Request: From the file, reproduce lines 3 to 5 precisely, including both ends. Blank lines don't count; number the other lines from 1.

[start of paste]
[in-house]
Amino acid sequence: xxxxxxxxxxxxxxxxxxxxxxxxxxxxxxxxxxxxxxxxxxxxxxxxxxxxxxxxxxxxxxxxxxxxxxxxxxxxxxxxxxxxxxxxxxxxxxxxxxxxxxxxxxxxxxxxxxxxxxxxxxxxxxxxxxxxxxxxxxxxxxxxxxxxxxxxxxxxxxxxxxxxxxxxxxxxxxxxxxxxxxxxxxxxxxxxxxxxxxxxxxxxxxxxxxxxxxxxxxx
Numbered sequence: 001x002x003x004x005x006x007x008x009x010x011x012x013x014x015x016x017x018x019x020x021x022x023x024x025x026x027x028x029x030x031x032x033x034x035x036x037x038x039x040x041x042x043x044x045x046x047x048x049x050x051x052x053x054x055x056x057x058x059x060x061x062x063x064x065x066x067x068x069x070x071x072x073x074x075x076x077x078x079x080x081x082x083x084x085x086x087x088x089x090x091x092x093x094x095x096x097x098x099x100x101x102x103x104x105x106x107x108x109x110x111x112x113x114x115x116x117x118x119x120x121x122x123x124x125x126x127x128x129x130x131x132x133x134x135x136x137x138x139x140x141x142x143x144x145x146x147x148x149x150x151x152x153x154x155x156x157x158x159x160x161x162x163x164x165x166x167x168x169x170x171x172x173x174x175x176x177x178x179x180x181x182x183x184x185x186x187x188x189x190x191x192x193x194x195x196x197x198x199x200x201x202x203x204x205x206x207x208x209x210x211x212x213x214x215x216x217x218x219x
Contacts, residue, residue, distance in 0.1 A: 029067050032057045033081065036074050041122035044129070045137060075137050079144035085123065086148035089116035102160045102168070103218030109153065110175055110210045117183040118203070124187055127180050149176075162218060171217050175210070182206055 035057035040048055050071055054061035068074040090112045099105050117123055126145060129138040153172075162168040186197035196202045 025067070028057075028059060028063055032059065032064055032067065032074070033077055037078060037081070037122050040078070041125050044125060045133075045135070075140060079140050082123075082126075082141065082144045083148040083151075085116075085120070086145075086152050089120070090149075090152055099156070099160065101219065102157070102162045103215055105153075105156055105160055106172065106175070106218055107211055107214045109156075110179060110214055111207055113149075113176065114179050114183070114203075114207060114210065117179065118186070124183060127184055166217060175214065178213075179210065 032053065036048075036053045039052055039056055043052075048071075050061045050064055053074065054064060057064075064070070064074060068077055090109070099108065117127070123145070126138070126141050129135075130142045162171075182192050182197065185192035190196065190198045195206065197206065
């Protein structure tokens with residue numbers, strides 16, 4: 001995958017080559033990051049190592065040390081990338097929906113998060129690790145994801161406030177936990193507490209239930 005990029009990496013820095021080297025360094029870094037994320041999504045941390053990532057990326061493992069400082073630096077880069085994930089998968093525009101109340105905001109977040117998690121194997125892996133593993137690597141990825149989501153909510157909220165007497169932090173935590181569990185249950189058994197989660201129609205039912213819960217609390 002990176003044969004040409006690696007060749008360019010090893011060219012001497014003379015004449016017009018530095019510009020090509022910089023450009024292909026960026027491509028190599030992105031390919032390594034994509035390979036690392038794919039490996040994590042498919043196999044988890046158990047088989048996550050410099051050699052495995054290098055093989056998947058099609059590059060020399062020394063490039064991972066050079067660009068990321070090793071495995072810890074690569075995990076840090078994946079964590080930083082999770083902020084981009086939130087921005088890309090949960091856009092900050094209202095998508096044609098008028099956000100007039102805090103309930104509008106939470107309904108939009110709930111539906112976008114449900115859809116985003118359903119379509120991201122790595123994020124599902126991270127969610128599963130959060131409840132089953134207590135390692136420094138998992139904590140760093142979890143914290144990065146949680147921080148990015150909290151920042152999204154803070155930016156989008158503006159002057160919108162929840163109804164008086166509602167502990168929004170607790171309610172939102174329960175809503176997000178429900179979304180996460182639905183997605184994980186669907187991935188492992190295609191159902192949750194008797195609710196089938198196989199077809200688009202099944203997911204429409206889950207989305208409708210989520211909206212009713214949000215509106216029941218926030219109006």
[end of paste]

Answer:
Numbered sequence: 001x002x003x004x005x006x007x008x009x010x011x012x013x014x015x016x017x018x019x020x021x022x023x024x025x026x027x028x029x030x031x032x033x034x035x036x037x038x039x040x041x042x043x044x045x046x047x048x049x050x051x052x053x054x055x056x057x058x059x060x061x062x063x064x065x066x067x068x069x070x071x072x073x074x075x076x077x078x079x080x081x082x083x084x085x086x087x088x089x090x091x092x093x094x095x096x097x098x099x100x101x102x103x104x105x106x107x108x109x110x111x112x113x114x115x116x117x118x119x120x121x122x123x124x125x126x127x128x129x130x131x132x133x134x135x136x137x138x139x140x141x142x143x144x145x146x147x148x149x150x151x152x153x154x155x156x157x158x159x160x161x162x163x164x165x166x167x168x169x170x171x172x173x174x175x176x177x178x179x180x181x182x183x184x185x186x187x188x189x190x191x192x193x194x195x196x197x198x199x200x201x202x203x204x205x206x207x208x209x210x211x212x213x214x215x216x217x218x219x
Contacts, residue, residue, distance in 0.1 A: 029067050032057045033081065036074050041122035044129070045137060075137050079144035085123065086148035089116035102160045102168070103218030109153065110175055110210045117183040118203070124187055127180050149176075162218060171217050175210070182206055 035057035040048055050071055054061035068074040090112045099105050117123055126145060129138040153172075162168040186197035196202045 025067070028057075028059060028063055032059065032064055032067065032074070033077055037078060037081070037122050040078070041125050044125060045133075045135070075140060079140050082123075082126075082141065082144045083148040083151075085116075085120070086145075086152050089120070090149075090152055099156070099160065101219065102157070102162045103215055105153075105156055105160055106172065106175070106218055107211055107214045109156075110179060110214055111207055113149075113176065114179050114183070114203075114207060114210065117179065118186070124183060127184055166217060175214065178213075179210065 032053065036048075036053045039052055039056055043052075048071075050061045050064055053074065054064060057064075064070070064074060068077055090109070099108065117127070123145070126138070126141050129135075130142045162171075182192050182197065185192035190196065190198045195206065197206065
């Protein structure tokens with residue numbers, strides 16, 4: 001995958017080559033990051049190592065040390081990338097929906113998060129690790145994801161406030177936990193507490209239930 005990029009990496013820095021080297025360094029870094037994320041999504045941390053990532057990326061493992069400082073630096077880069085994930089998968093525009101109340105905001109977040117998690121194997125892996133593993137690597141990825149989501153909510157909220165007497169932090173935590181569990185249950189058994197989660201129609205039912213819960217609390 002990176003044969004040409006690696007060749008360019010090893011060219012001497014003379015004449016017009018530095019510009020090509022910089023450009024292909026960026027491509028190599030992105031390919032390594034994509035390979036690392038794919039490996040994590042498919043196999044988890046158990047088989048996550050410099051050699052495995054290098055093989056998947058099609059590059060020399062020394063490039064991972066050079067660009068990321070090793071495995072810890074690569075995990076840090078994946079964590080930083082999770083902020084981009086939130087921005088890309090949960091856009092900050094209202095998508096044609098008028099956000100007039102805090103309930104509008106939470107309904108939009110709930111539906112976008114449900115859809116985003118359903119379509120991201122790595123994020124599902126991270127969610128599963130959060131409840132089953134207590135390692136420094138998992139904590140760093142979890143914290144990065146949680147921080148990015150909290151920042152999204154803070155930016156989008158503006159002057160919108162929840163109804164008086166509602167502990168929004170607790171309610172939102174329960175809503176997000178429900179979304180996460182639905183997605184994980186669907187991935188492992190295609191159902192949750194008797195609710196089938198196989199077809200688009202099944203997911204429409206889950207989305208409708210989520211909206212009713214949000215509106216029941218926030219109006």